How can the poisons reach them?
In such thin air, how can they care for the
loss of a million breaths?
What, possibly, could make their ground more bare?
Let it all die.
The hushed globe will wait and wait for
what is now so small and slow to
open it again.
As now, indeed, it opens it again, this
scentless velvet,
this Lichen!


spring song

the green of Jesus

is breaking the ground

and the sweet

smell of delicious Jesus

is opening the house and

the dance of Jesus music

has hold of the air and

the world is turning

in the body of Jesus and

the future is possible


April Snow

Today in El Paso all the planes are asleep on the runway. The world

is in a delay. All the political consultants drinking whiskey keep

their heads down, lifting them only to look at the beautiful scarred

waitress who wears typewriter keys as a necklace. They jingle

when she brings them drinks. Outside the giant plate glass windows

the planes are completely covered in snow, it piles up on the wings.

I feel like a mountain of cell phone chargers. Each of the various

faiths of our various fathers keeps us only partly protected. I don’t

want to talk on the phone to an angel. At night before I go to sleep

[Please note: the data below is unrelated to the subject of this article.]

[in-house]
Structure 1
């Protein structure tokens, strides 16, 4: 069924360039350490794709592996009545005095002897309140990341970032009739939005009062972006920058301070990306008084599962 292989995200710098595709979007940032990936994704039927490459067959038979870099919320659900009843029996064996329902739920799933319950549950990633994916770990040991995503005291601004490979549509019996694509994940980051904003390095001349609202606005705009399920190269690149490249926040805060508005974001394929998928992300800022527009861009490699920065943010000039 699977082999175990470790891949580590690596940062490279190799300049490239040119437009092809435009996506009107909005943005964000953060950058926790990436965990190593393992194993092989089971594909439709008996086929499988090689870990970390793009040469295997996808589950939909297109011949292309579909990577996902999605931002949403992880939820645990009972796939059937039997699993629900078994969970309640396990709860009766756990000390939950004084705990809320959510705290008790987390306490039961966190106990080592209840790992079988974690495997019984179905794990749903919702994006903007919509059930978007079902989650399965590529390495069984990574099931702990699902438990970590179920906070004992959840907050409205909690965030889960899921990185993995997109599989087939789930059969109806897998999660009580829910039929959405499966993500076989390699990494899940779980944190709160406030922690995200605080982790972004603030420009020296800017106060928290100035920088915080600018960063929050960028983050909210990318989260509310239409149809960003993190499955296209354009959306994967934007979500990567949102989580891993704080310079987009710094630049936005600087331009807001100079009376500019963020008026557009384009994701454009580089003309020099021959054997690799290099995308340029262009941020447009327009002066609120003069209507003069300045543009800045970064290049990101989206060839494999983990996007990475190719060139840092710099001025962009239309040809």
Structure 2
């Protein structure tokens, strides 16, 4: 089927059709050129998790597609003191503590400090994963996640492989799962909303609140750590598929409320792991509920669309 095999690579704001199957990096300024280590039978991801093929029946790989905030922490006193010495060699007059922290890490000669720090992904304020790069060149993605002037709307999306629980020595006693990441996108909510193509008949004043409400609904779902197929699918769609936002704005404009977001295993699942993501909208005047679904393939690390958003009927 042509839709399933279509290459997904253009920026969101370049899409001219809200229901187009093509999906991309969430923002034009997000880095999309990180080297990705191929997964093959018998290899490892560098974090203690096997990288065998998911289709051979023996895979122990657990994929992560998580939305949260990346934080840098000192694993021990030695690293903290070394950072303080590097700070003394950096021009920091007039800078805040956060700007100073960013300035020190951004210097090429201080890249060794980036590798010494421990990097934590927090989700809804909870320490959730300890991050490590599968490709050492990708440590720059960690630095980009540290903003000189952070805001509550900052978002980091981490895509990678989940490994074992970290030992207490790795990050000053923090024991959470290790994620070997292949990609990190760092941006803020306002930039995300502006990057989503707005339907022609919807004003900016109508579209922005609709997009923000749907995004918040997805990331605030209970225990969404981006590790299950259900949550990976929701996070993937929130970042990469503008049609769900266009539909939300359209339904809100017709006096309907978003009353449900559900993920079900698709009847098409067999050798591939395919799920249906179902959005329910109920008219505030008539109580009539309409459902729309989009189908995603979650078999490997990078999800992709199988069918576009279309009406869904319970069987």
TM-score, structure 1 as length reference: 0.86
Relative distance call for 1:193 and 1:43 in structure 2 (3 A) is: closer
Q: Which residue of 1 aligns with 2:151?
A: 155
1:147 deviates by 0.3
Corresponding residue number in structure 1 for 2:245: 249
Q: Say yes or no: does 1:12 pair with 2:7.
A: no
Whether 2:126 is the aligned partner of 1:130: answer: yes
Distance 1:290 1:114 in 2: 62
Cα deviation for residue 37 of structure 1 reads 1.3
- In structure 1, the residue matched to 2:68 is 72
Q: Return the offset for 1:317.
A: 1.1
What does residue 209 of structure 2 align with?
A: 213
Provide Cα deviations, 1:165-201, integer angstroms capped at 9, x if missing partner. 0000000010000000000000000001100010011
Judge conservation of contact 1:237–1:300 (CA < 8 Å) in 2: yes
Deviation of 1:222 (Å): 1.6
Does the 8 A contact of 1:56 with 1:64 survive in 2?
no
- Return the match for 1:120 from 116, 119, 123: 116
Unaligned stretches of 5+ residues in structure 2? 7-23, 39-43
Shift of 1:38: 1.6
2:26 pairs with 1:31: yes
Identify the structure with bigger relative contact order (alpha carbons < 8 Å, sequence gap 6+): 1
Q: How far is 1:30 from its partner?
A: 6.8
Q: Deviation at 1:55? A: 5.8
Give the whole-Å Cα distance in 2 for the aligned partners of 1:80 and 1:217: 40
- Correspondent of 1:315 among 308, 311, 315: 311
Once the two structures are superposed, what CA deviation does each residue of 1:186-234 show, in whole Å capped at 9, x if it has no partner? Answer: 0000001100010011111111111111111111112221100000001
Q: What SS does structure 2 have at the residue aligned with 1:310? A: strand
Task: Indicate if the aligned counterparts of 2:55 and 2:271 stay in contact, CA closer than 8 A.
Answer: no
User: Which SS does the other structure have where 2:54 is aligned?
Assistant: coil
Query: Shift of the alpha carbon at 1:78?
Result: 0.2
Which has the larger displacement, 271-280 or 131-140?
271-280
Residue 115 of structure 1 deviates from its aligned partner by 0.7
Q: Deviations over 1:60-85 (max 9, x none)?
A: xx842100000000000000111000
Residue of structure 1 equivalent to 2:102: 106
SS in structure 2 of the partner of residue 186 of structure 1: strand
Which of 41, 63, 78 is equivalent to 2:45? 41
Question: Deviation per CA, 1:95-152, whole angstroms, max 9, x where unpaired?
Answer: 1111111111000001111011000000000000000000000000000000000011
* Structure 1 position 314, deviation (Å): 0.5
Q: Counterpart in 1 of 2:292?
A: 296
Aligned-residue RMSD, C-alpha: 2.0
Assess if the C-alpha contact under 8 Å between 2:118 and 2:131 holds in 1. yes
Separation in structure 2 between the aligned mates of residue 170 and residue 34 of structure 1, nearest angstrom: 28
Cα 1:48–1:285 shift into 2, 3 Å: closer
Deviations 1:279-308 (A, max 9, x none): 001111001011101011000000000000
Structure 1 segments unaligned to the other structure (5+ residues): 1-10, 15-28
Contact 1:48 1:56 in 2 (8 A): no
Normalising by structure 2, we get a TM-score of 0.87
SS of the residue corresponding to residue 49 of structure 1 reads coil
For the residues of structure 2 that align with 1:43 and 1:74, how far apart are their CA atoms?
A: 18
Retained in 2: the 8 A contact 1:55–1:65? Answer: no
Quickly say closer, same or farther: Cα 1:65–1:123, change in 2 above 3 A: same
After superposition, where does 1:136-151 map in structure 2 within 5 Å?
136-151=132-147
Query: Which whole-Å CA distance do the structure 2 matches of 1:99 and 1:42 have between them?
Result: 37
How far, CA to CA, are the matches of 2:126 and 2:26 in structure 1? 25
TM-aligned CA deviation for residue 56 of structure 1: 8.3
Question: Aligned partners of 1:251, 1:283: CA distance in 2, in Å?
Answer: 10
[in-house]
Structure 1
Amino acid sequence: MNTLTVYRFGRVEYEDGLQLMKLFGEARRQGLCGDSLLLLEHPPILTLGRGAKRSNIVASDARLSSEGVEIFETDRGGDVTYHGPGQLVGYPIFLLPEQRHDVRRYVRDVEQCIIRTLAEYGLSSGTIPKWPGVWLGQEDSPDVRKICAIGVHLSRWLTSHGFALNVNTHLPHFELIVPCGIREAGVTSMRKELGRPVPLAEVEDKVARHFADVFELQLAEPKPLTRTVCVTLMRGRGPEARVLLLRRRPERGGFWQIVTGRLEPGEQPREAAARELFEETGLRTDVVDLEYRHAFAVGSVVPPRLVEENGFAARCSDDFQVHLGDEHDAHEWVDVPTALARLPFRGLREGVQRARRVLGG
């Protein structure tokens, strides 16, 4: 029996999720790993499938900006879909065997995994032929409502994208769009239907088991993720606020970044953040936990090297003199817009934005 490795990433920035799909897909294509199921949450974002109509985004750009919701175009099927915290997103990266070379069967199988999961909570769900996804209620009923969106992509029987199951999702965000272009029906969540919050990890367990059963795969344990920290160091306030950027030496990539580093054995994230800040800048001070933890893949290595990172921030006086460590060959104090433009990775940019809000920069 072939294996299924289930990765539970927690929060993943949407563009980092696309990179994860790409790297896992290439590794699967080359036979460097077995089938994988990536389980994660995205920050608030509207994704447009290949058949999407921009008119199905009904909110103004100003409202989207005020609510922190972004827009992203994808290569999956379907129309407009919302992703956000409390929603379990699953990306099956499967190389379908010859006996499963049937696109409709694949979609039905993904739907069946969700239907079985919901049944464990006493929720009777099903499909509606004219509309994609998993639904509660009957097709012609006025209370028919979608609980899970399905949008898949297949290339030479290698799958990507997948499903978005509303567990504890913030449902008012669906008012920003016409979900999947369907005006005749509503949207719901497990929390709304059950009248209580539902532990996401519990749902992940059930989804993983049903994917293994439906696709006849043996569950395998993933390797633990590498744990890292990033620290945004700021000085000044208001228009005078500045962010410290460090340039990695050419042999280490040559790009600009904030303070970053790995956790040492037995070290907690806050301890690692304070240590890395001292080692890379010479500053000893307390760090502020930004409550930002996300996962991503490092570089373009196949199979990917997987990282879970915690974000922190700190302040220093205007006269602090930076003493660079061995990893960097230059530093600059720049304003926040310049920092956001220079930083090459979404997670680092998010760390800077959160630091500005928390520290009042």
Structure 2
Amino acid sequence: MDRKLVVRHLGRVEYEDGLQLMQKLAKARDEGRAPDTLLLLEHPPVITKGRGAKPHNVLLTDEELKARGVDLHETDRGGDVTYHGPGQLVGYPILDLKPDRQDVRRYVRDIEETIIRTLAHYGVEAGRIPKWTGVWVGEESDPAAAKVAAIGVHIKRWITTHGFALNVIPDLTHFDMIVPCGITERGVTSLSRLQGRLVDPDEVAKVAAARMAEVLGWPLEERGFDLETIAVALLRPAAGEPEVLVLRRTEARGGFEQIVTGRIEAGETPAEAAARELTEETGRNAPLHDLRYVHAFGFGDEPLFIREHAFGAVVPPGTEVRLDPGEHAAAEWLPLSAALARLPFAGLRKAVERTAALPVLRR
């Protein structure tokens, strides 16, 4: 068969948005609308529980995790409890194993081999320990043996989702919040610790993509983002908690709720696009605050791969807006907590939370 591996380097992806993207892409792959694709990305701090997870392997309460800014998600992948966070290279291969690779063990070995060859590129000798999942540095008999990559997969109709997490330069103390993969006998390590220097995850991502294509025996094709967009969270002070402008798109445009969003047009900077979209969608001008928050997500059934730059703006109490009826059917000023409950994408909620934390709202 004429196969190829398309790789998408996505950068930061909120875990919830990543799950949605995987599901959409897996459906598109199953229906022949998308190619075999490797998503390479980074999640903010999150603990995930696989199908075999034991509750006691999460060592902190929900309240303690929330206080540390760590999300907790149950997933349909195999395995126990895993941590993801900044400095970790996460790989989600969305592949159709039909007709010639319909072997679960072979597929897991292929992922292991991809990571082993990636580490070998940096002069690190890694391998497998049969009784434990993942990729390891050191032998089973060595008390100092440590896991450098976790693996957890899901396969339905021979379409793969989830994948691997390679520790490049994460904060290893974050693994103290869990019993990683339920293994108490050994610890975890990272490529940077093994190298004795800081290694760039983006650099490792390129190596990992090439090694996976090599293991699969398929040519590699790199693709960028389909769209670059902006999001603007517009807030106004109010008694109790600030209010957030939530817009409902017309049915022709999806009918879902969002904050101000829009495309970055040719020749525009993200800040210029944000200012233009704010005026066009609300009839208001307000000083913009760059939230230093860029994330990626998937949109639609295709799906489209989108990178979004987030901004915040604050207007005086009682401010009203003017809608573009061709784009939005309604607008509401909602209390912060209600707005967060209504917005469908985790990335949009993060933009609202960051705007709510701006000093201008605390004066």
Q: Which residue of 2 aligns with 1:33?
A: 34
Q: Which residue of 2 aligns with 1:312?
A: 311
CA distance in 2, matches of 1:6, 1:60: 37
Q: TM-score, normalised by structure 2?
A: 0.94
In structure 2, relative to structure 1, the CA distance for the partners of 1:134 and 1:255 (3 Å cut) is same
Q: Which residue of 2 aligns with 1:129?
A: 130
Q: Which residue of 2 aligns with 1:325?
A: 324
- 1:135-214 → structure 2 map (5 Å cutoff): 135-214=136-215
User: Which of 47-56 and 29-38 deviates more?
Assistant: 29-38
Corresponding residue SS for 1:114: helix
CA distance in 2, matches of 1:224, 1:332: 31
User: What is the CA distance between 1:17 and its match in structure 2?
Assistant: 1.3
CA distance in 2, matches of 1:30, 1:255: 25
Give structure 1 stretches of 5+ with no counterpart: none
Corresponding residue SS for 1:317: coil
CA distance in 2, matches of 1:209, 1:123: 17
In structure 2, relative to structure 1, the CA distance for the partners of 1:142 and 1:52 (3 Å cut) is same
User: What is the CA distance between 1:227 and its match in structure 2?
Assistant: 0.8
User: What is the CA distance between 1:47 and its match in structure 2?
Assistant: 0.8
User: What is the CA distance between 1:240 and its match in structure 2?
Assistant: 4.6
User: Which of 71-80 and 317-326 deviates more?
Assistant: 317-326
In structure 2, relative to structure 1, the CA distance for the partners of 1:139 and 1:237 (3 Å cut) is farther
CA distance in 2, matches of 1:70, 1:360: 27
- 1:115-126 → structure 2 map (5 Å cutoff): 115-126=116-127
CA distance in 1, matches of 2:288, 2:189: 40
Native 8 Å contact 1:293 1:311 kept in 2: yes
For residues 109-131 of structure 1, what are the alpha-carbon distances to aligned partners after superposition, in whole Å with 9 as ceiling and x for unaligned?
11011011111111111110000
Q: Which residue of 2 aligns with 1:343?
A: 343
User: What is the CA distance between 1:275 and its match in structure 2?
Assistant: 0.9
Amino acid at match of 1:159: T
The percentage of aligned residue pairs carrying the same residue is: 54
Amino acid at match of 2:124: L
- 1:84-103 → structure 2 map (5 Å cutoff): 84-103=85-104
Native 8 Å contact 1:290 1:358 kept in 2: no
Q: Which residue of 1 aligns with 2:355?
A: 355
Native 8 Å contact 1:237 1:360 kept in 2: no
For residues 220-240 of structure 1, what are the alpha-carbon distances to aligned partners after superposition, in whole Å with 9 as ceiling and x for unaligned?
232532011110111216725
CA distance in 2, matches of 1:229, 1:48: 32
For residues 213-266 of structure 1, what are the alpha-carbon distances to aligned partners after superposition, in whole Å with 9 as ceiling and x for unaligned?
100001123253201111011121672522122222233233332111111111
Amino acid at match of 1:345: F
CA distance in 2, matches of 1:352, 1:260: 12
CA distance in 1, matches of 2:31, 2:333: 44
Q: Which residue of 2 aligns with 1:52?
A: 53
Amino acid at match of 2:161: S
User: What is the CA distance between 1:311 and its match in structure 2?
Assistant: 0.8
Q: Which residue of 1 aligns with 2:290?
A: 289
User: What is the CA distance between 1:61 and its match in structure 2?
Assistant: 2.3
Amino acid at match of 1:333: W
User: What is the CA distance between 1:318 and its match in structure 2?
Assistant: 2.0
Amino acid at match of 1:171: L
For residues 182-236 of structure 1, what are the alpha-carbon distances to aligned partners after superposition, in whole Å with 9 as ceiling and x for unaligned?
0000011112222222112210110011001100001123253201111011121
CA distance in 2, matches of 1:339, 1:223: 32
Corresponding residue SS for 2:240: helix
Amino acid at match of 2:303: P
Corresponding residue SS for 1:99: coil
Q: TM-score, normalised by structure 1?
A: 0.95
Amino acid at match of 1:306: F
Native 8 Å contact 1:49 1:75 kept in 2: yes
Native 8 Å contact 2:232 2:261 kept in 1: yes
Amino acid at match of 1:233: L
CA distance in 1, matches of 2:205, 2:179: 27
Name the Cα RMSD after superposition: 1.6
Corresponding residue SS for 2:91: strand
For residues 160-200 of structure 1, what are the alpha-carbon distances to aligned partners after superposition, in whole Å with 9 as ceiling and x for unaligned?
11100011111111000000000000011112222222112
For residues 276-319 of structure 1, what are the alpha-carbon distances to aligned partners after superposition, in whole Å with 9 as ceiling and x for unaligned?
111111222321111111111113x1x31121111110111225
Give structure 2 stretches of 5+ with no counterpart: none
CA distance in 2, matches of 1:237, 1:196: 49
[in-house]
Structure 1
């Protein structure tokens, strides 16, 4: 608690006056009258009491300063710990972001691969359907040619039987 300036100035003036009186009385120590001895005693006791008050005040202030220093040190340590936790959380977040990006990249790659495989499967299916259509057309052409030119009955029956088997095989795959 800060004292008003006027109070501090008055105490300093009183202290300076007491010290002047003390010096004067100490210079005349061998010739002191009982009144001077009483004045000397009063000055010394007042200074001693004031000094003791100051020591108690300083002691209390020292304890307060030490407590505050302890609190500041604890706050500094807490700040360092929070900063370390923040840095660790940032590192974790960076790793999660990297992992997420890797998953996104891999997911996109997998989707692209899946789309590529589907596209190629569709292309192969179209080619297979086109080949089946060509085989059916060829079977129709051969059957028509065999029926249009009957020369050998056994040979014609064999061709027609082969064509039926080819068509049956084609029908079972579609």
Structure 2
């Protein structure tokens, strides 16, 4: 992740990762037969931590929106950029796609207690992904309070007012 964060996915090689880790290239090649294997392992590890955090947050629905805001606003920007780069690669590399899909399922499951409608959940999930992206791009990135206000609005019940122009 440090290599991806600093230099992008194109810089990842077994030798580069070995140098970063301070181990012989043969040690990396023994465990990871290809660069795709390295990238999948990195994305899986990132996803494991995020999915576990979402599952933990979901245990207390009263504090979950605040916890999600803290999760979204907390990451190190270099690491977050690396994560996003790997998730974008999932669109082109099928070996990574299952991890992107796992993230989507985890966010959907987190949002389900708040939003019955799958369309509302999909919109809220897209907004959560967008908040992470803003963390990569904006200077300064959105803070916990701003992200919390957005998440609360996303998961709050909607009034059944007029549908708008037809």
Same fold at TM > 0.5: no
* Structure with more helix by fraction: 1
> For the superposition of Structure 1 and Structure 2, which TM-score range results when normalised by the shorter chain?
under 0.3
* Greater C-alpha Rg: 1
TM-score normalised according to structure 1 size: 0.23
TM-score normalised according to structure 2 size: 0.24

I am already dreaming. Of coffee, of ancient generals, of the faces

of statues each of which has the eternal expression of one of my feelings.

I examine my feelings without feeling anything. I ride my blue bike

on the edge of the desert. I am president of this glass of water.


 Indian River

The trade-wind jingles the rings in the nets around the racks

        by the docks on Indian River.

It is the same jingle of the water among roots under the

        banks of the palmettoes.

It is the same jingle of the red-bird breasting the orange-trees

        out of the cedars.

Yet there is no spring in Florida, neither in boskage perdu, nor

       on the nunnery beaches.


 Toward An Organic Philosophy


The glow of my campfire is dark red and flameless,   

The circle of white ash widens around it.

I get up and walk off in the moonlight and each time   

I look back the red is deeper and the light smaller.   

Scorpio rises late with Mars caught in his claw;   

The moon has come before them, the light   

Like a choir of children in the young laurel trees.   

It is April; the shad, the hot headed fish,

Climbs the rivers; there is trillium in the damp canyons;   

The foetid adder’s tongue lolls by the waterfall.

There was a farm at this campsite once, it is almost gone now.   

There were sheep here after the farm, and fire   

Long ago burned the redwoods out of the gulch,   

The Douglas fir off the ridge; today the soil   

Is stony and incoherent, the small stones lie flat   

And plate the surface like scales.

Twenty years ago the spreading gully

Toppled the big oak over onto the house.   

Now there is nothing left but the foundations   

Hidden in poison oak, and above on the ridge,   

Six lonely, ominous fenceposts;

The redwood beams of the barn make a footbridge   

Over the deep waterless creek bed;

The hills are covered with wild oats

Dry and white by midsummer.

I walk in the random survivals of the orchard.   

In a patch of moonlight a mole

Shakes his tunnel like an angry vein;

Orion walks waist deep in the fog coming in from the ocean;